The electric winger discusses soda, superpowers and sports cars

Downtime with… Toulouse and South Africa wing Cheslin Kolbe

How were the World Cup celebrations in South Africa?

It was awesome. From the moment we landed in Johannesburg, the welcome we got from supporters was incredible. They were so happy about what we had done, winning it.

My daughter loves the medal because she thinks it’s chocolate! She keeps fooling around and taking bites at it. It’s quite funny. My parents and wife love it.

What’s the funniest thing you’ve seen on a pitch?

During the World Cup, Anton Lienert-Brown got his pants pulled down.

Your funniest team-mates?

With South Africa it’s Lood de Jager. He always has a few jokes and cheers the boys up. He loves to sing and maybe he’ll be a rapper after rugby, so he backs himself singing and rapping. He’s an entertainer.

Any pranks you can share with us?

At Toulouse, Maxime Médard will go into lockers and take shoes or car keys or something like that and then when you try to go home you can’t because you don’t have anything. He is always busy messing around and hiding stuff.

Who would you like to be stuck in a lift with?

Trevor Noah. He’s funny and you can have good chats. He’ll entertain you for however long you’re stuck in there.

Do you have any phobias?

Snakes. If I ever see one I’ll be gone, no doubt about that!

What’s your silliest purchase?

I’m quite good with my money, I spend it wisely. At Toulouse, Rynhardt Elstadt is always buying things that don’t pitch up or are not allowed to be shipped to France – he won’t end up getting what he ordered.

If your house was on fire and everyone was safe, what would you save? I’d probably run up and grab all my watches. I collect them, I love my watches. I have about 12 of them.

What’s your guilty pleasure?

Chocolate is something I can never, ever say no to. Once I open a packet I’ll finish it right away. I’m a lover of fizzy drinks like Coke too. I’m quite a sweet-toothed person. I’m lucky I don’t really put on weight easily. I’ll put on 1 kg a year if I’m lucky!

What winds you up?

I’m not a person that really gets angry, but when you try to get a point across and you know that you’re more than 90% correct and people don’t listen to you, that pushes the wrong buttons.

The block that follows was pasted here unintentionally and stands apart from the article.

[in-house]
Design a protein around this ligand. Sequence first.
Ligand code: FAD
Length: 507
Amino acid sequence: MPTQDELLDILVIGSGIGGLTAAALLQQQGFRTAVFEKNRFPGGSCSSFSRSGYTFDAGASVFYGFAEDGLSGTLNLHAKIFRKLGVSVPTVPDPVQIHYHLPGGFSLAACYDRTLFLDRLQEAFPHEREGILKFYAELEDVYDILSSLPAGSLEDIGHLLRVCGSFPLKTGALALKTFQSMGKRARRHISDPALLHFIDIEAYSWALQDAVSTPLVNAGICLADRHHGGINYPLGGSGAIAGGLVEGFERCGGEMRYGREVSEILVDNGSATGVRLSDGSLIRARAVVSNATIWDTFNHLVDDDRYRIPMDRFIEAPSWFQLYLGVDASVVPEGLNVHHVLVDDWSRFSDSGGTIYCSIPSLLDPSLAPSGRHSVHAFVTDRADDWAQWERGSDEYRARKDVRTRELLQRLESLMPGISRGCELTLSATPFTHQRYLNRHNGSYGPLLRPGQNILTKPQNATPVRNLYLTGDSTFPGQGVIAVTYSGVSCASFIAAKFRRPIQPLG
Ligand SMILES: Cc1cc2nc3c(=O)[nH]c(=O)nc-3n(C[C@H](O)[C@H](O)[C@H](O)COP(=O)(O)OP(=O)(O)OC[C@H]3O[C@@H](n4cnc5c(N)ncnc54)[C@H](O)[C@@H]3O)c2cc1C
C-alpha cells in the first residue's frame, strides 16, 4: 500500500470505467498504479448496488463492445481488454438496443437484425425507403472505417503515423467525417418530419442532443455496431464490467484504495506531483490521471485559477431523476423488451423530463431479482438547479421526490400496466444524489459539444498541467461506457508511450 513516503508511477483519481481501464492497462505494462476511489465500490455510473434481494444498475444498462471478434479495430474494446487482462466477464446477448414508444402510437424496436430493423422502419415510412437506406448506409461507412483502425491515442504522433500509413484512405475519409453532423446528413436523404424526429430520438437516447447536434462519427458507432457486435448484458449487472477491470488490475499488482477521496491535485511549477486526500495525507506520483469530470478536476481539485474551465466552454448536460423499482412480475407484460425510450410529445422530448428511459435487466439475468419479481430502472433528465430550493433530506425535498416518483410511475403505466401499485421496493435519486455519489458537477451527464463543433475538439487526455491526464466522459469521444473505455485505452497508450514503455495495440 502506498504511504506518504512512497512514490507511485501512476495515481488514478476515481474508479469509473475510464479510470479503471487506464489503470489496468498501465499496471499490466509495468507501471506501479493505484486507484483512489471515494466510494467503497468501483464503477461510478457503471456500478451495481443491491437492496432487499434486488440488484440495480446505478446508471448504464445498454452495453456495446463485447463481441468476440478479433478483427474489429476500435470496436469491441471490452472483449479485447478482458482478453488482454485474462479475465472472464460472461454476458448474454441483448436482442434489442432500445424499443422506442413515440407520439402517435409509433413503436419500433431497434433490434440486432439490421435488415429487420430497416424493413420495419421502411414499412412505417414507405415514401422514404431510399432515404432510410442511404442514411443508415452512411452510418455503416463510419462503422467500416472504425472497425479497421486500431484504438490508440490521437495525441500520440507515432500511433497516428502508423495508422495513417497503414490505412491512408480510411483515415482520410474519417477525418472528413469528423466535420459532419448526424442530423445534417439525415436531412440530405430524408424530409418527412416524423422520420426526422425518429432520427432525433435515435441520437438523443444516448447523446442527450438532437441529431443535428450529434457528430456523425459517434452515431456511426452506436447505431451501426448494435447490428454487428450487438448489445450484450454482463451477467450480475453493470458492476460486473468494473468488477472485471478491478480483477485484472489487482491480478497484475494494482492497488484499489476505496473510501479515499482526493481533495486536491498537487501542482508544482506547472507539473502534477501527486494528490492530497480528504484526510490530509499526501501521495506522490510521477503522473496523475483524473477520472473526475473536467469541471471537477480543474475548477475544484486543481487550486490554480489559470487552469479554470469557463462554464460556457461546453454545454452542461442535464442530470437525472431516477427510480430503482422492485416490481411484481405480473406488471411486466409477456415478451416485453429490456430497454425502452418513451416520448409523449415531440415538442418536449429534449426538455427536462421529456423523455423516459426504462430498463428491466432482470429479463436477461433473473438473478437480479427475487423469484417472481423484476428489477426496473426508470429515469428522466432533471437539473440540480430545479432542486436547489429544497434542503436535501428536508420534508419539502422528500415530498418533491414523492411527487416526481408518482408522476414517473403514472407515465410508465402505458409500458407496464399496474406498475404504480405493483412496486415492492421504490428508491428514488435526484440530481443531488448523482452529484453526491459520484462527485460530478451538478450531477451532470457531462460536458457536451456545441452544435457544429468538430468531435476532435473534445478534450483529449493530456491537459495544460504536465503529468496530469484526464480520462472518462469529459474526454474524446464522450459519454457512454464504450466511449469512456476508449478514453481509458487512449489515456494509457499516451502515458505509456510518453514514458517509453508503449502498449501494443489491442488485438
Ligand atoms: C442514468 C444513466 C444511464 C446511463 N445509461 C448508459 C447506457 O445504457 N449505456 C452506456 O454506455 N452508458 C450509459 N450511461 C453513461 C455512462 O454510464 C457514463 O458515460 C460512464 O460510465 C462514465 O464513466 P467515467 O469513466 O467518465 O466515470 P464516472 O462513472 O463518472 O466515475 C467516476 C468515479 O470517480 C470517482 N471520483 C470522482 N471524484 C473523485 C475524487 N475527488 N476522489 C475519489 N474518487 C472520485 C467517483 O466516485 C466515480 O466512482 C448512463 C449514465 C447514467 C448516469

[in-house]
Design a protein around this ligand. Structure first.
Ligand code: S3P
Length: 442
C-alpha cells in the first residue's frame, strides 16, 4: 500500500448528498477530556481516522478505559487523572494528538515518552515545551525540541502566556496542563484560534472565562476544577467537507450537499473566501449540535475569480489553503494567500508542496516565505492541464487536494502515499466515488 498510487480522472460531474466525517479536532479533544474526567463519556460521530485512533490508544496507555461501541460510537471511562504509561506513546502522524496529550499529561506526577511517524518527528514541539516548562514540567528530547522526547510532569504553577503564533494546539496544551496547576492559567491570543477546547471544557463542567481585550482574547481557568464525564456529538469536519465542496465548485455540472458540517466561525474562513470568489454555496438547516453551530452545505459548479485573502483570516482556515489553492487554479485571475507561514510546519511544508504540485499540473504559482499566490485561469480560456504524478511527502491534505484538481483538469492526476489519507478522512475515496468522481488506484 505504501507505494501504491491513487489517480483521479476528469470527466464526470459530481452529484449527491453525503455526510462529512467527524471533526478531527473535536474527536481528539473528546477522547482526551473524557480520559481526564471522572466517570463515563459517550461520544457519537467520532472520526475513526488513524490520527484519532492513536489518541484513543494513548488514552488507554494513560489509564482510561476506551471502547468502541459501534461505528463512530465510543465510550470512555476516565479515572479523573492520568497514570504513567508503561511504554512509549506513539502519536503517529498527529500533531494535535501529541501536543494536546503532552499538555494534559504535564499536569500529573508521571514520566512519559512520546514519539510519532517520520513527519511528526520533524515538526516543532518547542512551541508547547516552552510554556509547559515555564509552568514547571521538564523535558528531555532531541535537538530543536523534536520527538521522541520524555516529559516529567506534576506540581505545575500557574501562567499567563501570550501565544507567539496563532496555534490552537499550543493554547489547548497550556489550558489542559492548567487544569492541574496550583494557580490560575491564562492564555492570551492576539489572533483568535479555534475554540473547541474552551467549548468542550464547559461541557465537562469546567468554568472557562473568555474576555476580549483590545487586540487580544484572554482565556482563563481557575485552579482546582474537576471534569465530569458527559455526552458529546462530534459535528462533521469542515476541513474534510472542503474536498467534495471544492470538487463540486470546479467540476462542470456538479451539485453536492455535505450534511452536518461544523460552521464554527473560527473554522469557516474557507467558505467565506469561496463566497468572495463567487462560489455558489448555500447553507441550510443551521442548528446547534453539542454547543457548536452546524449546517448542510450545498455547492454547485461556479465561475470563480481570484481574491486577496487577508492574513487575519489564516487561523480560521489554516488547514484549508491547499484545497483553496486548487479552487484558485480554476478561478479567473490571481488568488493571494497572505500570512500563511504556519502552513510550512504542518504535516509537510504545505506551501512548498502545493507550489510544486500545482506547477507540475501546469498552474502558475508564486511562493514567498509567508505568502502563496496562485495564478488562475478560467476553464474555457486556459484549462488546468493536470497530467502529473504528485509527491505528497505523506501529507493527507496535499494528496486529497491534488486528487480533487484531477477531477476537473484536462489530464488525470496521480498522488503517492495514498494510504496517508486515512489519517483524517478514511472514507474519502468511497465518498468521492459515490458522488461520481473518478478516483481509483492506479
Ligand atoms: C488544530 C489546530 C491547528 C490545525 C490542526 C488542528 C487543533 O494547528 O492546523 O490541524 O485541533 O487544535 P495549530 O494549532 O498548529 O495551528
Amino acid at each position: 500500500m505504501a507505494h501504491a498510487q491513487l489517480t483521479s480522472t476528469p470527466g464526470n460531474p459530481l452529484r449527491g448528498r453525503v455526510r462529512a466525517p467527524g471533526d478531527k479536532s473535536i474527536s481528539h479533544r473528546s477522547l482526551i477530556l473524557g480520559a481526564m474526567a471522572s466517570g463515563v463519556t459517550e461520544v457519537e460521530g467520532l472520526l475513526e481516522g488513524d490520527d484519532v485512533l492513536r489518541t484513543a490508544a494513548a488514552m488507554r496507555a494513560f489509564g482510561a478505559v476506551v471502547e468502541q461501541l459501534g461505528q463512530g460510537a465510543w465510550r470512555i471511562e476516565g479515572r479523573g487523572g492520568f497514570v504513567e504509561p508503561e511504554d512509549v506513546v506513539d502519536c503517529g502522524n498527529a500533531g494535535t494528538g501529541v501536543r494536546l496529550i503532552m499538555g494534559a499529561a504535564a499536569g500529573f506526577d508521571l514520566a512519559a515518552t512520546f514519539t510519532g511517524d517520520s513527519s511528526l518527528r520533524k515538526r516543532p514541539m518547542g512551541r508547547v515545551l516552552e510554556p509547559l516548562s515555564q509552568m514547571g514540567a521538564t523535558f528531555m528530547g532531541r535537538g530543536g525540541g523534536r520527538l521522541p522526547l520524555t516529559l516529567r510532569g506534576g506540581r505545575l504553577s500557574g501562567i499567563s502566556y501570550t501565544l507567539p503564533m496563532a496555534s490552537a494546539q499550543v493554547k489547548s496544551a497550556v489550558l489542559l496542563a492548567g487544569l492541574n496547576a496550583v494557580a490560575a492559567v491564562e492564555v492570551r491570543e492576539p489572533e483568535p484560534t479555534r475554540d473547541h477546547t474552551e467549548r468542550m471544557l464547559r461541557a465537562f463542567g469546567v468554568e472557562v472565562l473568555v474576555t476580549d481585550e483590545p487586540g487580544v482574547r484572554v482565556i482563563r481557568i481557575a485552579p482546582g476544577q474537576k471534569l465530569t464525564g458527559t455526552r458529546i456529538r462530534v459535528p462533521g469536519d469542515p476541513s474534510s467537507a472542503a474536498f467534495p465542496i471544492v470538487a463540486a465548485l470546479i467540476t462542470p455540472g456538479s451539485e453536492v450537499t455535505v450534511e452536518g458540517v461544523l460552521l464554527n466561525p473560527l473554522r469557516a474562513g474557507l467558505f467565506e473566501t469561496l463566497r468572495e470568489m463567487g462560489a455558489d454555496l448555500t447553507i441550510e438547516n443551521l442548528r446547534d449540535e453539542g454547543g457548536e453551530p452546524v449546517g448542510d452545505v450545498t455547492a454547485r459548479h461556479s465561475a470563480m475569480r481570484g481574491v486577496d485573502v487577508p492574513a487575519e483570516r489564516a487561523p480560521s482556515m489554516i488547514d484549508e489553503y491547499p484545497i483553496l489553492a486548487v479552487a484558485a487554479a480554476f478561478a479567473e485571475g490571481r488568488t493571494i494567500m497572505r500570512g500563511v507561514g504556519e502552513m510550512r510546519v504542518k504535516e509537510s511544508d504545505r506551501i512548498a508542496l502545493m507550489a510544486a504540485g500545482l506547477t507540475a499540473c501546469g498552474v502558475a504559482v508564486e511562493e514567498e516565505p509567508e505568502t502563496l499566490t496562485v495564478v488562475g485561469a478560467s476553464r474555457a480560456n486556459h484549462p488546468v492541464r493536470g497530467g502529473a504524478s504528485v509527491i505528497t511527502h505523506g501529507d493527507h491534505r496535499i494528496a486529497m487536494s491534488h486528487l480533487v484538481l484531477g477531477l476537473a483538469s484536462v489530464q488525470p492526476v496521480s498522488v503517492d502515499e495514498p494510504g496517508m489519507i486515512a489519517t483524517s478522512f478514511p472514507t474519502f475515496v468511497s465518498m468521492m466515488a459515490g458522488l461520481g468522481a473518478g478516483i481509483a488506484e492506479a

Who would be your three dream dinner party guests?

I would go with Christian Cullen because I’ve always looked up to him for the kind of rugby he played. Then it would be Dwayne Johnson, The Rock, because of wrestling and his special moves! And then I’d go into soccer and invite Thierry Henry. I’ve never been that much of a soccer fan, but when I was younger I would watch Arsenal. He was awesome.

If you could have one superpower what would it be?

To be invincible. So that I don’t always have to dance around everyone but also as I don’t want to get smashed by the big okes!

How do you relax?

I’ll lay on the couch with my feet in the air or I’ll get in a nice sports car and drive around. I love my cars. I don’t get much chance to do it in France, so whenever I come back to South Africa I try to get nice wheels, throw myself into it and drive around. My dream car would be a Nissan Skyline or the Nissan GT-R R35.

Any hidden talents?

I’m trying to learn a bit of golf. I’ve not played that much so I’m a bit all over the show on the course.

What do you miss about South Africa when you’re in France?

I do miss the home-cooked meals and a braai. And spending time with family and friends.

If you could be any team-mate, who would you be?

Damien De Allende. He’s one of the most down-to-earth people you will meet. He’s one of a kind. He knows when to have fun and when to be serious – he’s an all-round person.

How would you like to be remembered?

As someone who is respectful to others and a person who never gives up.

What would you like to achieve after rugby?

To be well looked after, to look after the family and be comfortable with that life. I would like to look at business opportunities and work with youth, to inspire other people who were in the same position as I was in growing up.

Where I grew up there probably weren’t the best schools and there was a community with a lot of crime and drugs. I’ve grown up with a lot of support from my parents who laid the foundation. We had a great example – great role models who kept us going with other things going on around us.

This article originally appeared in the January 2020 edition of Rugby World magazine.

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